Economy Test: Chevrolet Camaro SS LS3 in Dubai
You know that all those years of being a good boy is paying off when people suddenly call up to offer you a black 2010 Chevy Camaro SS for the weekend. With an LS3 V8. And a manual transmission. For a second round. The manual SS is initially hard to drive, but having just about mastered the clutch-gearbox combo the last time, we figured we’d do something different this time around. We’ll do the first-ever fuel economy test for this car, while still driving in regular traffic at regular speeds.
The last time we got this exact Chevrolet Camaro SS, we averaged 16.8 litres/100 km in mixed driving. This time, our trip computer was already showing 17.2 litres/100 km when we decided to reset it for our conservative driving session.
Setting off from the middle of Karama, Dubai at 10 am, we encountered very little traffic as we headed towards the Hatta-Oman road, then onto Dubai Bypass road till the Sharjah border before ending the experiment and turning back by 11 am.
The SS lends itself well to economical driving. Both fifth and sixth are apparently overdrive gears, so accelerating slowly, braking slowly and quickly getting into the high gears whenever possible yielded some remarkable results. Ironically, “accelerating slowly” at 2000 rpm still seemed rather quick in relation to other “regular” cars.
We kept up with traffic on most of the highways. On roads with an 80 kph limit, we did 85 kph. On 100 kph roads, we did 100 kph. On 120 kph roads, we were maintaining 110 kph.
We had hit just above 10 litres/100 km before hitting the Bypass road, but couldn’t break the 10 mark. So once we were on that ultra-wide 120 kph highway, we slowed down to a constant 100 kph and cruised for around 15 km, with the engine barely doing 1400 rpm in sixth.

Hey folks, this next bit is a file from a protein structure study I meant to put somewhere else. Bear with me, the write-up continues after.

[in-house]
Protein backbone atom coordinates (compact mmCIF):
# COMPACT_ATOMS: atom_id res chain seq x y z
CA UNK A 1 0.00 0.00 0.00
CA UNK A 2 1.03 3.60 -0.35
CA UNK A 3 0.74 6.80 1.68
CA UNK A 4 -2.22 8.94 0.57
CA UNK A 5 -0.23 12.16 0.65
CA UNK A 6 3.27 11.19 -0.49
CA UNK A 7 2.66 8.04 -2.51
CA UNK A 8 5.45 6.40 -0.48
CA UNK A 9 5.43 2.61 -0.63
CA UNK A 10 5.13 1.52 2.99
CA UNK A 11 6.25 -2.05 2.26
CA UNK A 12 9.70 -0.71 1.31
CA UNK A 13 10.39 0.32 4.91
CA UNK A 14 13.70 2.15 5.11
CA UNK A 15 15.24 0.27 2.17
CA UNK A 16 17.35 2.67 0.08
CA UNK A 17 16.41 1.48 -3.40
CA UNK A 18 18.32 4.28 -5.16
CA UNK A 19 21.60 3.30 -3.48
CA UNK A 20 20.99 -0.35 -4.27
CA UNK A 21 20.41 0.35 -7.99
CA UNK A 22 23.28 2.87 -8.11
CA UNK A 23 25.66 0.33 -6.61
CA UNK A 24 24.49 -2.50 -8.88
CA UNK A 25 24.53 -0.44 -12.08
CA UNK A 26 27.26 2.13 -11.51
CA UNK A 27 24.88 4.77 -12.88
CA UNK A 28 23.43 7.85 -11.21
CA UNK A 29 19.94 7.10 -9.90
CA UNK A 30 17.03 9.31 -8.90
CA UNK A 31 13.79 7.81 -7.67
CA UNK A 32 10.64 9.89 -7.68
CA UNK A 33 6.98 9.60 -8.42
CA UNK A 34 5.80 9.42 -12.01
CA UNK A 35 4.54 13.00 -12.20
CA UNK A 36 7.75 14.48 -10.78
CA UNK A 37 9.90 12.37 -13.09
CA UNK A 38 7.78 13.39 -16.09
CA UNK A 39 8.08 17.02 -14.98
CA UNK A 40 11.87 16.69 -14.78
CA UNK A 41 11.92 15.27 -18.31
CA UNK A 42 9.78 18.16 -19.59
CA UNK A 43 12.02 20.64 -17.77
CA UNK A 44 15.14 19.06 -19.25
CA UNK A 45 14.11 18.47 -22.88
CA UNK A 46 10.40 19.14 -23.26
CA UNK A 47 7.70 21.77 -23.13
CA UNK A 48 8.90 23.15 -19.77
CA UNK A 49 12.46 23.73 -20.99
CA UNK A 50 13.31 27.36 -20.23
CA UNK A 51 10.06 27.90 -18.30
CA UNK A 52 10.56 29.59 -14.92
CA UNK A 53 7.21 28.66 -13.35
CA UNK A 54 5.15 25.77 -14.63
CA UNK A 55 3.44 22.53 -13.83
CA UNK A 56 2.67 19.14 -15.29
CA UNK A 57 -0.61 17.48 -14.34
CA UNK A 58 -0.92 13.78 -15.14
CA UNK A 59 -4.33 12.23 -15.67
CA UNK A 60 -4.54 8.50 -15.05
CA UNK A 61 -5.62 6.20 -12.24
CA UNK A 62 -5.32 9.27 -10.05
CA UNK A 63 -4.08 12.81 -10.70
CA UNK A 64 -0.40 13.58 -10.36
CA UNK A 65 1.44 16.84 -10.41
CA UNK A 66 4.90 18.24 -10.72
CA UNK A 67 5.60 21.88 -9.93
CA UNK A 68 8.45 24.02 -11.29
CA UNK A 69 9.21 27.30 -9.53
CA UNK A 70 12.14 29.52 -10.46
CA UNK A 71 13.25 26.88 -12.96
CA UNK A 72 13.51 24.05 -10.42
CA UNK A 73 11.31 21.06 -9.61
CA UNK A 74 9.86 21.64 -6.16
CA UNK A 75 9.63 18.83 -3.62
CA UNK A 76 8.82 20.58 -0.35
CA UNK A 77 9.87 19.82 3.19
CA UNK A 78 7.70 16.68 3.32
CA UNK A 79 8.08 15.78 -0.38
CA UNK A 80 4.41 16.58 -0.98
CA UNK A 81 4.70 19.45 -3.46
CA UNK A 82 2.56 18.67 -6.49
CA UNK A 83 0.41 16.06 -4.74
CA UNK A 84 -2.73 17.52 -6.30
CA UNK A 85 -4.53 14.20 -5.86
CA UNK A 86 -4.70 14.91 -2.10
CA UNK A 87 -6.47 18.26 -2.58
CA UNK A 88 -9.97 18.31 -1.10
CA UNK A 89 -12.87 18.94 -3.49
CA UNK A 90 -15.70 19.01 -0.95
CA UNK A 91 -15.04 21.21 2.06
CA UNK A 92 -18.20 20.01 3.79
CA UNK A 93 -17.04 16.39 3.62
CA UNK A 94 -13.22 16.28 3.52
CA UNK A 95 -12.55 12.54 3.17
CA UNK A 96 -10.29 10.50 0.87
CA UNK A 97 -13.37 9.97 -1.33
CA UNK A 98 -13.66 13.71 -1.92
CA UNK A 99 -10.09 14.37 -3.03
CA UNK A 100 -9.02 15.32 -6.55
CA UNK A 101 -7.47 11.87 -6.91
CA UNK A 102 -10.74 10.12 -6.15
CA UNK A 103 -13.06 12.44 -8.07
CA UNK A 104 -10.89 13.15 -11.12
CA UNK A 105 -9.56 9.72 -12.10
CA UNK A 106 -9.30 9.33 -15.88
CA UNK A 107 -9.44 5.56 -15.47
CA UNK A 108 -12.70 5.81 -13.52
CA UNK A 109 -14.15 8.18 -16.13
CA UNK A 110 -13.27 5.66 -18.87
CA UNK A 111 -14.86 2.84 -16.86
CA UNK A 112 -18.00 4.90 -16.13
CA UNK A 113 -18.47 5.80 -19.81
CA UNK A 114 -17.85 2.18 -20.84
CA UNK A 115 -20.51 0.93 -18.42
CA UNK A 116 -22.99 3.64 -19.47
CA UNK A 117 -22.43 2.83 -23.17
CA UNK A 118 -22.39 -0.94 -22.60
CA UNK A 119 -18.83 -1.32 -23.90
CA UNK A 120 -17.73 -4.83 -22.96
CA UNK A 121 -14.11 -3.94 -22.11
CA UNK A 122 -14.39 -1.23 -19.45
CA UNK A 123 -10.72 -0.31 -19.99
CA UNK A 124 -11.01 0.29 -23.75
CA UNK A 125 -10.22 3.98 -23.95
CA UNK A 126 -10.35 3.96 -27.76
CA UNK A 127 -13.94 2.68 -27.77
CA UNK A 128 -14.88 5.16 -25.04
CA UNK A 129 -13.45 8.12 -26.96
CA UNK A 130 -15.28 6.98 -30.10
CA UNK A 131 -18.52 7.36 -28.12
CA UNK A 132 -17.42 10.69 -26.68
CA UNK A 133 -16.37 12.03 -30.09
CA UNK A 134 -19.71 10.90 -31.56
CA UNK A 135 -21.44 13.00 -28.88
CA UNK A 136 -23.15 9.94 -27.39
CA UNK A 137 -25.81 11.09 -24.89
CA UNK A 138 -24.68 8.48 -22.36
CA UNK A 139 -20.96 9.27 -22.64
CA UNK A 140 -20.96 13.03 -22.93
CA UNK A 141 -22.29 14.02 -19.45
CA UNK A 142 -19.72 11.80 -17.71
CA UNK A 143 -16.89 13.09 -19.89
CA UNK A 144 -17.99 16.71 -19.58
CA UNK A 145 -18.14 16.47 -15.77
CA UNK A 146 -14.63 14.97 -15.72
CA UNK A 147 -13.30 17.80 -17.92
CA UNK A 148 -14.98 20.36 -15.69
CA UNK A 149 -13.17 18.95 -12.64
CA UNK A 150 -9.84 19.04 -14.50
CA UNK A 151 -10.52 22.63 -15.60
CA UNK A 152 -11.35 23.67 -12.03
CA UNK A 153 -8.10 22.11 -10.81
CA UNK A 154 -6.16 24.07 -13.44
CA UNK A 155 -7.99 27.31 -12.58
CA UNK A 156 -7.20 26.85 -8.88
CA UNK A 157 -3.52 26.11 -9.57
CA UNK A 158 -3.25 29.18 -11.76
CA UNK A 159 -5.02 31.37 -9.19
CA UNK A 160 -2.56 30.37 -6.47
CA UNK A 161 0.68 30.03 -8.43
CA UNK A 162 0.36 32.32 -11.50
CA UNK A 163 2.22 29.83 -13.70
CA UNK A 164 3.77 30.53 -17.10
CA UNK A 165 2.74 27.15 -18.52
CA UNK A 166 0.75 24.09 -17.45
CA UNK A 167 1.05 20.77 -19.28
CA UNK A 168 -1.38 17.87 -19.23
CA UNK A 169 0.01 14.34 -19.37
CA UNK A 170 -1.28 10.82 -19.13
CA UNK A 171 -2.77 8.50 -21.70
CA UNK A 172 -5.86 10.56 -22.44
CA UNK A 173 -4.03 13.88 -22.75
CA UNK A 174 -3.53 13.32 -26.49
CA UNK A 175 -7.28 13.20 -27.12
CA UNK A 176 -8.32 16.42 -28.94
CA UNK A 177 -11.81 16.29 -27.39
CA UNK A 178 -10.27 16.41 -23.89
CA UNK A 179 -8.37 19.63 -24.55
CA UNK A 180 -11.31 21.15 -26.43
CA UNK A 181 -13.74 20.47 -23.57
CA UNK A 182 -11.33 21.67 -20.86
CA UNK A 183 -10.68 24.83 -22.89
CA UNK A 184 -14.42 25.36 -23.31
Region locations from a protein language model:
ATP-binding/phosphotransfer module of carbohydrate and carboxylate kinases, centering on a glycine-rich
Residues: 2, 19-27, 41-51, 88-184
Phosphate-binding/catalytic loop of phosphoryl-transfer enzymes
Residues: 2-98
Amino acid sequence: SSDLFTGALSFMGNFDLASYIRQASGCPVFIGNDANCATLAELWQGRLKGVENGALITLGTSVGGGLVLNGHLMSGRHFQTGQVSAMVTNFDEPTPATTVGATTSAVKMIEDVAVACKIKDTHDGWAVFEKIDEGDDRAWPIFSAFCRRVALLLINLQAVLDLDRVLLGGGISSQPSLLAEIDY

It was excruciatingly painful, knowing that we had 426 muzzled horses under the bonnet while we were being passed by speeding trucks. But the numbers started to drop. It dropped all the way to 8.7 litres/100 km before we ended the self-torture.
After that, we clinically pounded through the gears and made the monster motor roar, scaring trucks and camels along the way. We also found a road to try out the Brembos at full-tilt braking from 120 kph. Hot damn, it’s like being in a reverse roller-coaster! If it weren’t for seat-belts, we’d be thrown out the plucking windshield! After the pounding, we were still averaging 11.7 litres/100 km.
On the way back to the SUV-filled city, we also discovered a retarded 1st-to-4th gear feature, where the gearbox tries to lock out 2nd gear during slow driving, forcing you to shift from 1st to 4th. It explained why we kept popping into neutral from 1st, and then having to shove the shifter into 2nd at low speeds. We only found out the cause when a random glance at the instrument cluster display showed a “1st to 4th” message flashing, with a little picture showing what to do. We hear every V8-powered Camaro and Corvette since the late 1990s have this feature, supposedly to save fuel as they all have enough power to cruise in fourth gear.
But it is indeed possible to get Mini economy figures out of the monstrous Camaro with some careful driving, and without the need for gimmicks.